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The rest is seen dimly, as through a mist. His voice is heard, distinct and clear, but as from a great distance.
To Ralph Heard he writes from Camp Lee, Virginia:
"I am eating, sleeping, and drilling with physical enthusiasm," and later, "Tell the fellows that the dust is gathering on my palette."
A letter to me in May tells of taking his pipe at the day's end and strolling into the woods of the camp to be alone with the song of birds and tints of sunset. Late in July came a letter from France describing a march "between gleam of gold in the west and a rising full moon in the east, ... aeroplanes in action overhead and cannonading over the hills to the east." Then occurs this:
"I am little different from as you know me, even though now in a machine gun company:--Curious irony.--"
"Continue your work.... Other victories are transient."
And this was his farewell:
"We have seen great visions and dreamed splendid dreams. And the faith you have in me,--which I prize so desperately,--I have in you, no matter where each of us may be headed. We will live the best we can--that, through our friendship, is all we ask of each other."
On January 23, 1919, one of his brothers writes from Le Mans, France:
"St. Remis du Plain is the name of the little town where Fred's company was billeted. It is perched on the top of a hill in the middle of a vast plain and was visible for a long time as I headed towards it. This was the trip I had planned long ago, and pictured a happy meeting; however, it was decreed otherwise. Pa.s.sing up the narrow street I saw 'Headquarters, 136 M. G. Bn.' written on the door of an old stone house. The orderly room was full of officers. I inquired for Lieut. Rew, the one who had previously written to me, and introduced myself as Fred's brother. The officer who was dictating stopped work, came over and shook hands with me. The captain commanding the battalion came from behind the table, greeted me and offered a word of sympathy. Soon all the officers were grouped about me and I saw that Fred was considered one of their number. The captain said, 'He was the best sergeant I ever had.' They invited me to mess with them, and Lieut. Rew said I was to bunk with him, 'for my men have cooties,' but I saw this was all done so that they might have a chance to speak of Fred. One of the sergeants told me that when the news came, the officers were even more broken up about it than the men.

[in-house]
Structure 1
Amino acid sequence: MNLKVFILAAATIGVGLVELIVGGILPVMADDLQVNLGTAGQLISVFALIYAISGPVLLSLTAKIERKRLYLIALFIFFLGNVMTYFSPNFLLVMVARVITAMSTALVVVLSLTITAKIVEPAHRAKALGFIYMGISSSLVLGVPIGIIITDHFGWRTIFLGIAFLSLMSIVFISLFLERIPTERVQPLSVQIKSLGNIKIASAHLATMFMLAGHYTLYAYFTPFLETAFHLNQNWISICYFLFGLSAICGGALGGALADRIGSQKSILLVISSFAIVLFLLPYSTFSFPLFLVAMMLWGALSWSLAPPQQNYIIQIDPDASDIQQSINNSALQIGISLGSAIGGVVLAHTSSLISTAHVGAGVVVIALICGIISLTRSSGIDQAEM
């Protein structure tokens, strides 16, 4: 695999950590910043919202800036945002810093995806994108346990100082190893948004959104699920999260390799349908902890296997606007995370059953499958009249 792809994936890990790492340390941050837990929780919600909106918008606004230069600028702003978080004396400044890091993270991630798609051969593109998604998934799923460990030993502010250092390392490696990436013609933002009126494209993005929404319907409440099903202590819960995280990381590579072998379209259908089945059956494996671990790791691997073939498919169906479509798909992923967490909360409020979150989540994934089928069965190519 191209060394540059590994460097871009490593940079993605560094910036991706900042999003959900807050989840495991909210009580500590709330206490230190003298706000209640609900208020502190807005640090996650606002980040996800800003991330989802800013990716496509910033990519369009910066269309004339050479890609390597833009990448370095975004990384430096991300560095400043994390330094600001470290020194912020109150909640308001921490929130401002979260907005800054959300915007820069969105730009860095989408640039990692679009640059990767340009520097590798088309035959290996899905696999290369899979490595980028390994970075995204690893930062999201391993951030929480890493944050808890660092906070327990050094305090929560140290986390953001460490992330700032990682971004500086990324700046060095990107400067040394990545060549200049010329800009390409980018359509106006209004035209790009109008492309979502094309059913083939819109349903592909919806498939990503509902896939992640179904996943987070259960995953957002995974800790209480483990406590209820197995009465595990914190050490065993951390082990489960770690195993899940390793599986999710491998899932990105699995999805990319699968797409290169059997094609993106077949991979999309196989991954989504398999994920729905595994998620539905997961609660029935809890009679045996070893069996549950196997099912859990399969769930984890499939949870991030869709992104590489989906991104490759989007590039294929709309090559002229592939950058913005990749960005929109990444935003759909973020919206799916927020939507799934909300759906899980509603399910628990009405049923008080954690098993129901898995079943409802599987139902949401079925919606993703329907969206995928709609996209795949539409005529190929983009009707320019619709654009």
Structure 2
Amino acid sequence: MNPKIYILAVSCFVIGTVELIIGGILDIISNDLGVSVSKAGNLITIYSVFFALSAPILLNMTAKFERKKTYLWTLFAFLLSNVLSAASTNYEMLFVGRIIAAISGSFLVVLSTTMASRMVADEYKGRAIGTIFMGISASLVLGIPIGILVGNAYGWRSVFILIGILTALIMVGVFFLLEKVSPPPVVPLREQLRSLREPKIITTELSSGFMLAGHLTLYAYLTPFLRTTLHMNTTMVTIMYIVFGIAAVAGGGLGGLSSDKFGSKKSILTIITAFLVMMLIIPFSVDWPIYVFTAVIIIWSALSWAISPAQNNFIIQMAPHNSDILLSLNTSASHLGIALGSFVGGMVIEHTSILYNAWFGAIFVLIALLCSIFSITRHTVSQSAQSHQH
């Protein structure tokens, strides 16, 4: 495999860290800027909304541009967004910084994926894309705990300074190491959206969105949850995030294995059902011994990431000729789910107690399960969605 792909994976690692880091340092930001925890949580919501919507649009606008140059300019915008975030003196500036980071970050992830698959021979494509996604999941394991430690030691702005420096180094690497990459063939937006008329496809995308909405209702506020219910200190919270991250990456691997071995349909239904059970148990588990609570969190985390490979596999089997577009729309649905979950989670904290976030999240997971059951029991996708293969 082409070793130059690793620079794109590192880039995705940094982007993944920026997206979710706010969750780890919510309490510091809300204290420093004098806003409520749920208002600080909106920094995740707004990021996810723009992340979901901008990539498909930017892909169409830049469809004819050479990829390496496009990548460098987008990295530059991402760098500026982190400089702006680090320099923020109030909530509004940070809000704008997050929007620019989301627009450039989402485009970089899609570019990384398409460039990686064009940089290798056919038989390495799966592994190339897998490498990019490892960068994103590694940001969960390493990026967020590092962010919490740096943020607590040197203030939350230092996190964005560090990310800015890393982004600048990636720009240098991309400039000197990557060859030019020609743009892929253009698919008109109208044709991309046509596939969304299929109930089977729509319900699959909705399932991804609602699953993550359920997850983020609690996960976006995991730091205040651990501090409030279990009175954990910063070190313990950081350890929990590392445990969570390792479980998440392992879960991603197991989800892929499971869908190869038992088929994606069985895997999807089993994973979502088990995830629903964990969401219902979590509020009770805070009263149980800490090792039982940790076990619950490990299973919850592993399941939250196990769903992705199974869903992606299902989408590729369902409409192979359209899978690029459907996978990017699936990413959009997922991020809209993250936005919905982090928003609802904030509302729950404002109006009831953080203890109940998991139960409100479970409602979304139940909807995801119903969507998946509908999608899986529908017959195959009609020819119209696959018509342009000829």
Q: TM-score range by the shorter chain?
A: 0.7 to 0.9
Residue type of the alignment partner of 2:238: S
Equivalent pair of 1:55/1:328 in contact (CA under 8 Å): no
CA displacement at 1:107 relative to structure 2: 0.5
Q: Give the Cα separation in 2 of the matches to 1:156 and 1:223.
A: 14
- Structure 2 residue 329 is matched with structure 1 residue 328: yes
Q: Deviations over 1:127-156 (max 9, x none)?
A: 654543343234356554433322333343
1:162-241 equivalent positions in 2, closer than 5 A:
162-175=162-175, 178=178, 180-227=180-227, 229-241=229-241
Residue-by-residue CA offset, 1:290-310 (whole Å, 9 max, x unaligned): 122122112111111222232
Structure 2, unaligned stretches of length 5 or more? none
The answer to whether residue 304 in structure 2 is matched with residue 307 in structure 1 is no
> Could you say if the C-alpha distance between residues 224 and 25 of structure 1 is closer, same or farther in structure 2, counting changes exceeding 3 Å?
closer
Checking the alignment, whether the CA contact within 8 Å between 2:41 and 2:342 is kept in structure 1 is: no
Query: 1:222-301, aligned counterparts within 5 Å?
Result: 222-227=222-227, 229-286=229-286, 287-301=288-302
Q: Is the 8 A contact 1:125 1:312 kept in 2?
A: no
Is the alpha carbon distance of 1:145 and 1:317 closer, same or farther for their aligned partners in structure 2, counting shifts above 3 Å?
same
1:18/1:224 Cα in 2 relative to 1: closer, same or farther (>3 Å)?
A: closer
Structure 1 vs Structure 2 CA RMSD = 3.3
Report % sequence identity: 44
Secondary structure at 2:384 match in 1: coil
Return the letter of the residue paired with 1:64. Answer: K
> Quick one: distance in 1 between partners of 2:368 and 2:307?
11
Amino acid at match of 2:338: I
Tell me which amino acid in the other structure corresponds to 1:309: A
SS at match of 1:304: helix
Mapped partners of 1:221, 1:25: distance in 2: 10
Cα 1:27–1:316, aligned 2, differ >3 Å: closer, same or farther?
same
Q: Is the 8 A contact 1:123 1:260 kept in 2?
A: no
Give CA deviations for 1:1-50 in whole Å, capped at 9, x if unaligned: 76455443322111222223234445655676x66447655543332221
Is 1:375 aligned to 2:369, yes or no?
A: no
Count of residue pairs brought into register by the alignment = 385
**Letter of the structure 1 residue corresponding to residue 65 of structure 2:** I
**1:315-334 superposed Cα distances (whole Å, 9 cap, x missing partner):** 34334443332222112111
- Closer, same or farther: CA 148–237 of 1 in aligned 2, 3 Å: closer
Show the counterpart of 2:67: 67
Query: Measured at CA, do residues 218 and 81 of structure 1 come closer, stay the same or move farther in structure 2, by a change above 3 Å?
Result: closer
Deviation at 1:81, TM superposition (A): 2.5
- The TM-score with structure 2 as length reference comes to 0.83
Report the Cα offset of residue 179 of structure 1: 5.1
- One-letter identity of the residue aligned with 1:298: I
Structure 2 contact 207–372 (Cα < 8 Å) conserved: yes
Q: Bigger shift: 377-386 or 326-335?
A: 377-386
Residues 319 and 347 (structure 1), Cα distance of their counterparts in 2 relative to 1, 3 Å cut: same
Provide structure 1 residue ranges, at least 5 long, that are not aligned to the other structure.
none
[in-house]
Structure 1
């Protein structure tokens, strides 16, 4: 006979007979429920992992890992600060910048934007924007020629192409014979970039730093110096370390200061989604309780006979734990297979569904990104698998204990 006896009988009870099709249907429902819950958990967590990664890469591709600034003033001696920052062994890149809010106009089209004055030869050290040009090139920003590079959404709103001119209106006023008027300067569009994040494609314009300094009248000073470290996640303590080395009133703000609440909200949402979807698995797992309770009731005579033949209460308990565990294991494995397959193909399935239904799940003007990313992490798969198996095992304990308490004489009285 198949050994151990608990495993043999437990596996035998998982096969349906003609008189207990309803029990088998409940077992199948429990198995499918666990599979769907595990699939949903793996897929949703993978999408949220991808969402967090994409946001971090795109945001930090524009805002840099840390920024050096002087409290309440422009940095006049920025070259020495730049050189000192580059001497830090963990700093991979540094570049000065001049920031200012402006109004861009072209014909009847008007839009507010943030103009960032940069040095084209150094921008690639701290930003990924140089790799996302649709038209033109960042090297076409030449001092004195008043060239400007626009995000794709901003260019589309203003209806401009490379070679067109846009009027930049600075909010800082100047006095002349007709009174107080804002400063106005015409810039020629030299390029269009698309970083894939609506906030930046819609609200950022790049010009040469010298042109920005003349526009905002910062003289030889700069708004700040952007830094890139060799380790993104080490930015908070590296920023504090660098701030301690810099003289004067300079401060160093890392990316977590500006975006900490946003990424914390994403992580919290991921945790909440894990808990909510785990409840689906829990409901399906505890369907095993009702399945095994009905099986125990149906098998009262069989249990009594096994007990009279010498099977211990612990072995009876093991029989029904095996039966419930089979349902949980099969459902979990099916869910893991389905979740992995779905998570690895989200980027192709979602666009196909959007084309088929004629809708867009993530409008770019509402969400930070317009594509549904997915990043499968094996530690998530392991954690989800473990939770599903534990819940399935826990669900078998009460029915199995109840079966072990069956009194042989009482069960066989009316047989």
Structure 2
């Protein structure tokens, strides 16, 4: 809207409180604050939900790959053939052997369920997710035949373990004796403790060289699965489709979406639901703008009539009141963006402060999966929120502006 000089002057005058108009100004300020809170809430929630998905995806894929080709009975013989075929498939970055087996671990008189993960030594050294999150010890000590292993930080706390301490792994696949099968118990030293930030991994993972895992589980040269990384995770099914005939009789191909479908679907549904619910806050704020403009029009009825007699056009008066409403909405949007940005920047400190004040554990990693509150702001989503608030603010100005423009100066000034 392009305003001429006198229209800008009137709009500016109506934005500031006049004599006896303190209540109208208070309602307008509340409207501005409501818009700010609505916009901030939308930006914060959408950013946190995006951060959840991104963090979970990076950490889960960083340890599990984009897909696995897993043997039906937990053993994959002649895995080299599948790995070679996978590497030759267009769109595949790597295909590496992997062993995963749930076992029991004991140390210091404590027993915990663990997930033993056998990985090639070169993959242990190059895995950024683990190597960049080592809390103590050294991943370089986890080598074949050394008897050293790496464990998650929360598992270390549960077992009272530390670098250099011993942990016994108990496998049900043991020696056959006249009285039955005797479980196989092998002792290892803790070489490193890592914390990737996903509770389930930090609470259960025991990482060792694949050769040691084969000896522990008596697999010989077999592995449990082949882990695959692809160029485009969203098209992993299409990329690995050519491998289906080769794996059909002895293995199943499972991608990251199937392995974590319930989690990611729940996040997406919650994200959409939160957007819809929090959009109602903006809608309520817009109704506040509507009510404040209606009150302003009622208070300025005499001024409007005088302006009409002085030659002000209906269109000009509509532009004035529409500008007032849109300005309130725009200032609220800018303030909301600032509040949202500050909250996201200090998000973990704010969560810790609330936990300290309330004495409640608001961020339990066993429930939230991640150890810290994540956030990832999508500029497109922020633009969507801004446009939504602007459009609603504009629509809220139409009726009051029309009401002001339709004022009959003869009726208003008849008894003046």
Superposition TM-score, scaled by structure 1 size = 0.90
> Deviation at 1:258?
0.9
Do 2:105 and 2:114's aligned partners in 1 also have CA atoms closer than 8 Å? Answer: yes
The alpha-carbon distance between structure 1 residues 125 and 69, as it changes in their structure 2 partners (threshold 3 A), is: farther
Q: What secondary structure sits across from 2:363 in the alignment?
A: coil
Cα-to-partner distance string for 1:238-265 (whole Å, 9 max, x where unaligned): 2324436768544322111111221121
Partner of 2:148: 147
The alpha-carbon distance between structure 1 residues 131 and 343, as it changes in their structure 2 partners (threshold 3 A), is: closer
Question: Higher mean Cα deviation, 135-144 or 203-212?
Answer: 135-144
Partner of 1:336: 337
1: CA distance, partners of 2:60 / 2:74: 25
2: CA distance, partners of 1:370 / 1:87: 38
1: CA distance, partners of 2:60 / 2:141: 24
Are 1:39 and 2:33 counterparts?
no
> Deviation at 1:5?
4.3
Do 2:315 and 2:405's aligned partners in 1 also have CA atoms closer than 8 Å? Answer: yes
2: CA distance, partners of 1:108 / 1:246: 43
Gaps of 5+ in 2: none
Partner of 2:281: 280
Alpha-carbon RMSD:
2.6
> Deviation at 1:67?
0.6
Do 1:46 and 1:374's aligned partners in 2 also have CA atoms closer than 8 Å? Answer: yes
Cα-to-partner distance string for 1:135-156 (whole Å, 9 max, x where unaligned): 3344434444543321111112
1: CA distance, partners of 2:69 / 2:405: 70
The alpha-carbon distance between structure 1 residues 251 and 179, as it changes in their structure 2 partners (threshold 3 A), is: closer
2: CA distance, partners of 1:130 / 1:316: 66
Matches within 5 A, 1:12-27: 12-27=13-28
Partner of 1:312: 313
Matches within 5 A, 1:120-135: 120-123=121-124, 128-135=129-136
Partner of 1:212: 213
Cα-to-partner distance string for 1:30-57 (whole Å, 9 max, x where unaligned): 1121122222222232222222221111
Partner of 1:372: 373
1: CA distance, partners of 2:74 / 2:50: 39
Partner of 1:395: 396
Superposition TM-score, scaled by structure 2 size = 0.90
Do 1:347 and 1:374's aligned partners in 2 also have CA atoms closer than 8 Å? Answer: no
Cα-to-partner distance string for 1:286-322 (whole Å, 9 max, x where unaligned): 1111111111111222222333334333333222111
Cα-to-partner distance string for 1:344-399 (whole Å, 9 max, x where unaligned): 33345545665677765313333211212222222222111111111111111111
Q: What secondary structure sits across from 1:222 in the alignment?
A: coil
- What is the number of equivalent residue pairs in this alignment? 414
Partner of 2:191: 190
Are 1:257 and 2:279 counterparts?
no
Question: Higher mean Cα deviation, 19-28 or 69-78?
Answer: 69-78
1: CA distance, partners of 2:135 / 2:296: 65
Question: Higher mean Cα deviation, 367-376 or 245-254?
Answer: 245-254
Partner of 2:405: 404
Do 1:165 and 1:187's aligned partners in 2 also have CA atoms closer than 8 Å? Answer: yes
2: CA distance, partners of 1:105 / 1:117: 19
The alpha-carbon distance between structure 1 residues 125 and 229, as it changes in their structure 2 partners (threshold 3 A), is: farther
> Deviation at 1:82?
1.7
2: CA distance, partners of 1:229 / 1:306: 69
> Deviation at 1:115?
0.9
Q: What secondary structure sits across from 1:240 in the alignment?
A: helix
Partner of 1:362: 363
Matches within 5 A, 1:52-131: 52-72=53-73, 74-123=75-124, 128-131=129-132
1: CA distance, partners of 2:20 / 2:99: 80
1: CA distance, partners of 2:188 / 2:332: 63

"I was introduced to the noncoms with whom Fred seems to have been a favorite. In the evening, as we sat around an open fireplace, I asked if Fred had had a 'buddy.' The sergeant with whom Fred used to sleep said, 'No. He was everybody's friend.'
"As I was walking up to the kitchen, a private stepped out of the mess line and came up to me saying he knew me through my resemblance to Fred. Soon the mess line was demoralized and I was the center of a lively ma.s.s all talking at once and I could easily see why the captain recommended him so highly as a sergeant.--'He never said a harsh word,'--'He was always cheerful and never kicked,'--'When we complained about the feed or anything, he said it would be better later.' They talked so long that at last the cook asked me if I would not please eat so that they would eat and let him get through.
"The division left Camp Lee, June 21, 1918, and sailed from Newport News on the Italian transport _Caserta_. It was a dirty boat, the feed rotten, and the trip rough. Everybody was disgusted. Fred was about the only one of the company who never missed a meal. A private told me that he and Fred were standing at the rail in the bow of the ship one night talking about a number of things. This fellow voiced the sentiment of most of the company when he said he only wanted to make one more ocean trip and that was in the reverse direction. Fred looked far out across the water and remarked: 'I could stand a few more.'
"They landed at Brest on July 5 and entrained at once for Souville.
They used the French type of compartment cars where with ten men and full equipment there wasn't much room to move about. Fred was in charge of his compartment and, with his usual ingenuity, devised means of disposing of the equipment to best advantage for their comfort. He also carefully arranged the daily menu consisting of bread, corned beef, tomatoes, beans, and jam. He did all this in such a serio-comic way that the fellows are still laughing over the memories of the trip.
"On September 20 the division led the drive into the Argonne forest.
This is reputed to have been the hardest battle of the war in respect to the Germans' sh.e.l.l fire and the suffering caused by the rainy weather and lack of shelter. Through it all there was not a healthier nor more cheerful man than Fred. Recognized by the commanding officer as having 'the coolest head in the company and afraid of nothing' he was made a sergeant after this battle over the heads of some old National Guardsmen; but there was not a murmur--all were satisfied.
When they came out of the woods he helped the doctor with the wounded (he seems to have helped everywhere, from the kitchen to the captain's private office). After they had all been attended to, he asked the doctor to look him over. He had received three flesh wounds in shoulder and arm. He picked out the pieces of shrapnel himself and had the doctor bandage him. After which he went about his work as usual.
"October 10 found the company in the St. Mihiel sector, and on October 22 it moved into Belgium. All this meant miles of weary hiking under a full pack; but Fred remained the same cheerful fellow as ever. He amused the whole company with his doings. He found an old hair-clipper among some salvage and immediately opened a barber shop where lieutenants as well as privates got their hair cut. Another thing that I recognized as characteristic were the remarks pertaining to his appet.i.te. He never lost it. He was known to have 'eats' on his person all the time. He had a special knack of hunting out farm houses, engaging _madame_ in conversation, and coming away with bread, eggs, or cheese in his knapsack. Occasionally he did some sketching and his letters were a joy to the lieutenant who censored them because of the excellent descriptions they contained....